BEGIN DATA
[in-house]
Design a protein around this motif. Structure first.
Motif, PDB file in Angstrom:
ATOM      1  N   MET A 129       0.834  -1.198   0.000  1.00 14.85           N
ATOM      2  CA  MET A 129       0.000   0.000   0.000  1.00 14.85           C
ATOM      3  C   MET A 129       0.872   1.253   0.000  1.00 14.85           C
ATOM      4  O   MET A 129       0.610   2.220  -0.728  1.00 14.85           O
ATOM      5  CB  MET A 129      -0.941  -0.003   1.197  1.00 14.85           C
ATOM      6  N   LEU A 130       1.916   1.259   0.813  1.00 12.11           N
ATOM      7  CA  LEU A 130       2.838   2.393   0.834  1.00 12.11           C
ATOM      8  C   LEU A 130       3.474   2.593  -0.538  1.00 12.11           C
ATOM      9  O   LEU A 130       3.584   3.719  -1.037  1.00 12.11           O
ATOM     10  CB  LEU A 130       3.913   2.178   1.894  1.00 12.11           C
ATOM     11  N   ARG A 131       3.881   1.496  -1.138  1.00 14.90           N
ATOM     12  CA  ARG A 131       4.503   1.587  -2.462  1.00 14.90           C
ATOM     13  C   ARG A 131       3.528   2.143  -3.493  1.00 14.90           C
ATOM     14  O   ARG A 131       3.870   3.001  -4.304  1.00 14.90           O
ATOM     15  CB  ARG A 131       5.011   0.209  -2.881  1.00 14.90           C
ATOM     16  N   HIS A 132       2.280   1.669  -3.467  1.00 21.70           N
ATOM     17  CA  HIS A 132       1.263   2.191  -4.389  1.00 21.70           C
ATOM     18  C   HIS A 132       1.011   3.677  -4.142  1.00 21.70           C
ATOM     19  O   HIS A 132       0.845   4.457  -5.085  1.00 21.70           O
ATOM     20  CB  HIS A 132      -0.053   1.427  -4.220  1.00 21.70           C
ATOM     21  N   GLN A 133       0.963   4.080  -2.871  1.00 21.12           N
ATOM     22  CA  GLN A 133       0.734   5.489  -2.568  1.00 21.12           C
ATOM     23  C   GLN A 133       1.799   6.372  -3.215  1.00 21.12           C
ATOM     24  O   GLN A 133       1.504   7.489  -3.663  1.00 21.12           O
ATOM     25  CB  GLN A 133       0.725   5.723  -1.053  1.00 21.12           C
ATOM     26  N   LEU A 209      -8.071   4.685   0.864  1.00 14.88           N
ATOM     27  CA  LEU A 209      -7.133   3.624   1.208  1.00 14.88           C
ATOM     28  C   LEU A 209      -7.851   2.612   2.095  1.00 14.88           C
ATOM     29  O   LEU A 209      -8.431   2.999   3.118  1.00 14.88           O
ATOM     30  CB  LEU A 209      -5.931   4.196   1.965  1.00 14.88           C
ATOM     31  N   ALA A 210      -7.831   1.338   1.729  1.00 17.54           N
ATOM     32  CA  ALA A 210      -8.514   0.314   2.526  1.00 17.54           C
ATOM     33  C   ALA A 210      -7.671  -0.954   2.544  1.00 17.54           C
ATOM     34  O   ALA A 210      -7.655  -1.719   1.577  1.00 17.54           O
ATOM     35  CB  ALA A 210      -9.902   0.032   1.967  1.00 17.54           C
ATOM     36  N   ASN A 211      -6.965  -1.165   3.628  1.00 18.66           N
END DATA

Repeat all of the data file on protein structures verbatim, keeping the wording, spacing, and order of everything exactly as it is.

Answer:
[in-house]
Design a protein around this motif. Structure first.
Motif, PDB file in Angstrom:
ATOM      1  N   MET A 129       0.834  -1.198   0.000  1.00 14.85           N
ATOM      2  CA  MET A 129       0.000   0.000   0.000  1.00 14.85           C
ATOM      3  C   MET A 129       0.872   1.253   0.000  1.00 14.85           C
ATOM      4  O   MET A 129       0.610   2.220  -0.728  1.00 14.85           O
ATOM      5  CB  MET A 129      -0.941  -0.003   1.197  1.00 14.85           C
ATOM      6  N   LEU A 130       1.916   1.259   0.813  1.00 12.11           N
ATOM      7  CA  LEU A 130       2.838   2.393   0.834  1.00 12.11           C
ATOM      8  C   LEU A 130       3.474   2.593  -0.538  1.00 12.11           C
ATOM      9  O   LEU A 130       3.584   3.719  -1.037  1.00 12.11           O
ATOM     10  CB  LEU A 130       3.913   2.178   1.894  1.00 12.11           C
ATOM     11  N   ARG A 131       3.881   1.496  -1.138  1.00 14.90           N
ATOM     12  CA  ARG A 131       4.503   1.587  -2.462  1.00 14.90           C
ATOM     13  C   ARG A 131       3.528   2.143  -3.493  1.00 14.90           C
ATOM     14  O   ARG A 131       3.870   3.001  -4.304  1.00 14.90           O
ATOM     15  CB  ARG A 131       5.011   0.209  -2.881  1.00 14.90           C
ATOM     16  N   HIS A 132       2.280   1.669  -3.467  1.00 21.70           N
ATOM     17  CA  HIS A 132       1.263   2.191  -4.389  1.00 21.70           C
ATOM     18  C   HIS A 132       1.011   3.677  -4.142  1.00 21.70           C
ATOM     19  O   HIS A 132       0.845   4.457  -5.085  1.00 21.70           O
ATOM     20  CB  HIS A 132      -0.053   1.427  -4.220  1.00 21.70           C
ATOM     21  N   GLN A 133       0.963   4.080  -2.871  1.00 21.12           N
ATOM     22  CA  GLN A 133       0.734   5.489  -2.568  1.00 21.12           C
ATOM     23  C   GLN A 133       1.799   6.372  -3.215  1.00 21.12           C
ATOM     24  O   GLN A 133       1.504   7.489  -3.663  1.00 21.12           O
ATOM     25  CB  GLN A 133       0.725   5.723  -1.053  1.00 21.12           C
ATOM     26  N   LEU A 209      -8.071   4.685   0.864  1.00 14.88           N
ATOM     27  CA  LEU A 209      -7.133   3.624   1.208  1.00 14.88           C
ATOM     28  C   LEU A 209      -7.851   2.612   2.095  1.00 14.88           C
ATOM     29  O   LEU A 209      -8.431   2.999   3.118  1.00 14.88           O
ATOM     30  CB  LEU A 209      -5.931   4.196   1.965  1.00 14.88           C
ATOM     31  N   ALA A 210      -7.831   1.338   1.729  1.00 17.54           N
ATOM     32  CA  ALA A 210      -8.514   0.314   2.526  1.00 17.54           C
ATOM     33  C   ALA A 210      -7.671  -0.954   2.544  1.00 17.54           C
ATOM     34  O   ALA A 210      -7.655  -1.719   1.577  1.00 17.54           O
ATOM     35  CB  ALA A 210      -9.902   0.032   1.967  1.00 17.54           C
ATOM     36  N   ASN A 211      -6.965  -1.165   3.628  1.00 18.66           N